What you need to know about Henry McMaster

The Beaufort Gazette (Sunday) - - Front Page - BY TOM BAR­TON tbar­ton@thes­tate.com

In and around S.C. pol­i­tics for decades, Repub­li­can Gov. Henry McMaster has served as U.S. at­tor­ney, S.C. at­tor­ney gen­eral and chair­man of South Carolina’s Repub­li­can Party.

The 71-year-old for­mer lieu­tenant gover­nor, who be­came gover­nor in 2017 with Nikki Ha­ley’s con­fir­ma­tion as U.S. am­bas­sador to the United Na­tions, wants to po­si­tion the state for an eco­nomic ex­plo­sion. He prom­ises lower taxes, fewer reg­u­la­tions and a leaner, more ef­fi­cient state government.

McMaster is seek­ing his first full term as gover­nor. He faces state Rep. James Smith, DColumbia, in the Nov. 6 election.

Here’s what else you should know about the Repub­li­can in­cum­bent:

He’s been in the pub­lic eye for decades. McMaster

grad­u­ated from the Univer­sity of South Carolina School of Law in 1973 and went on to work for the late U.S. Sen­a­tor Strom Thur­mond. He was ap­pointed U.S. At­tor­ney for South Carolina by Pres­i­dent Ron­ald Rea­gan in 1981. He won the Repub­li­can nomi- na­tion for the U.S. Se­nate in 1986 but lost to in­cum­bent Demo­crat Fritz Hollings. In a de­bate be­tween the two, Hollings fa­mously told McMaster he would take a drug test — as McMaster chal­lenged — if his Repub­li­can op­po­nent would take an IQ test.

McMaster then was de­feated in the 1990 lieu­tenant gover­nor’s race by Demo­crat Nick Theodore. He chaired the South Carolina Repub­li­can Party from 1993 to 2002, when he re­signed to suc­cess­fully run for S.C. At­tor­ney Gen­eral. He was re-elected in 2006 and ran for gover­nor in 2010 but was de­feated by Ha­ley in the Repub­li­can pri­mary. He was elected as lieu­tenant gover­nor of the state in 2014.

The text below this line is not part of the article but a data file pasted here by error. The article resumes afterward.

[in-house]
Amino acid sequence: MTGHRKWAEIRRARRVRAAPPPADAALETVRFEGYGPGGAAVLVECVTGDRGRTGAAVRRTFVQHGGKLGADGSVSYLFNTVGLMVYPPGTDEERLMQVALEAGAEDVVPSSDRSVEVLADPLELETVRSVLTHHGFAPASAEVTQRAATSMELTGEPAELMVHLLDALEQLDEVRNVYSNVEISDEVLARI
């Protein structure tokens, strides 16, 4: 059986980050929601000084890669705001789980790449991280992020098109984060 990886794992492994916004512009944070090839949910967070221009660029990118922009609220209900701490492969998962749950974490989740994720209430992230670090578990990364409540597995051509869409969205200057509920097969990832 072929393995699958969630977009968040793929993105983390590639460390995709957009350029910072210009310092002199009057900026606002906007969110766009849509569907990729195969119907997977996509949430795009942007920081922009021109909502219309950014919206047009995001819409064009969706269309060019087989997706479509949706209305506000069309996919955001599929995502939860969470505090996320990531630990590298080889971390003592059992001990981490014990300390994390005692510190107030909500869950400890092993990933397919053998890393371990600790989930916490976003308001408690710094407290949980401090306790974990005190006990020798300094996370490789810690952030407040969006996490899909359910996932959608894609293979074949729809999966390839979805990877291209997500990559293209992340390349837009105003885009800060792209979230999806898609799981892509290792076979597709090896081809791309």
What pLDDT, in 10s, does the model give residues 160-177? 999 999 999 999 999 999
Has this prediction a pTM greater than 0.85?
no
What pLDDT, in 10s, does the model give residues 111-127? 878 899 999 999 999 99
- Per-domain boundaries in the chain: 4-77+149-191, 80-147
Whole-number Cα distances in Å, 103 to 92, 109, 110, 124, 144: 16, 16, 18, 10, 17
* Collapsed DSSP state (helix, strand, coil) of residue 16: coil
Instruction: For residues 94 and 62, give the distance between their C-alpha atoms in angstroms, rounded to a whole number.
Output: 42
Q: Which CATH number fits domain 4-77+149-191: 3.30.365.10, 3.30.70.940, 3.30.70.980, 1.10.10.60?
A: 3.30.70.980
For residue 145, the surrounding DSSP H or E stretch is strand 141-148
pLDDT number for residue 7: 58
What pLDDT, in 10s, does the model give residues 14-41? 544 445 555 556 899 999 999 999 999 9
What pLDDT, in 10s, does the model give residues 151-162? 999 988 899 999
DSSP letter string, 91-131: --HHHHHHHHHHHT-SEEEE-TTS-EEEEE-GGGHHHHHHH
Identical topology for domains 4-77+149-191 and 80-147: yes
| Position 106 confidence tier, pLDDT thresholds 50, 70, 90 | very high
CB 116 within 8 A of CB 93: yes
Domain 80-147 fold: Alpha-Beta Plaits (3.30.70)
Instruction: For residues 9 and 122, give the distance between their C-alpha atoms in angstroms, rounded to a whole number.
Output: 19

He comes from a well­known fam­ily.

McMaster’s fam­ily is widely known in Columbia and has long-stand­ing roots around town. The sec­ond old­est of six broth­ers,

McMaster at­tended A.C. Flora High School for two years be­fore trans­fer­ring to a North Carolina prep school. His fa­ther, John Gregg McMaster, served in the state House of Rep­re­sen­ta­tives.

He led an early war on drugs.

McMaster, as the state’s top fed­eral pros­e­cu­tor, over­saw “Op­er­a­tion Jack­pot,” an $850 mil­lion drug-smug­gling saga that rocked the South Carolina Low­coun­try in the early 1980s. The high-pro­file anti-drug cam­paign re­sulted in more than 100 con­vic­tions. The fed­eral in­ves­ti­ga­tion launched McMaster’s pub­lic ca­reer as a young, am­bi­tious U.S. at­tor­ney.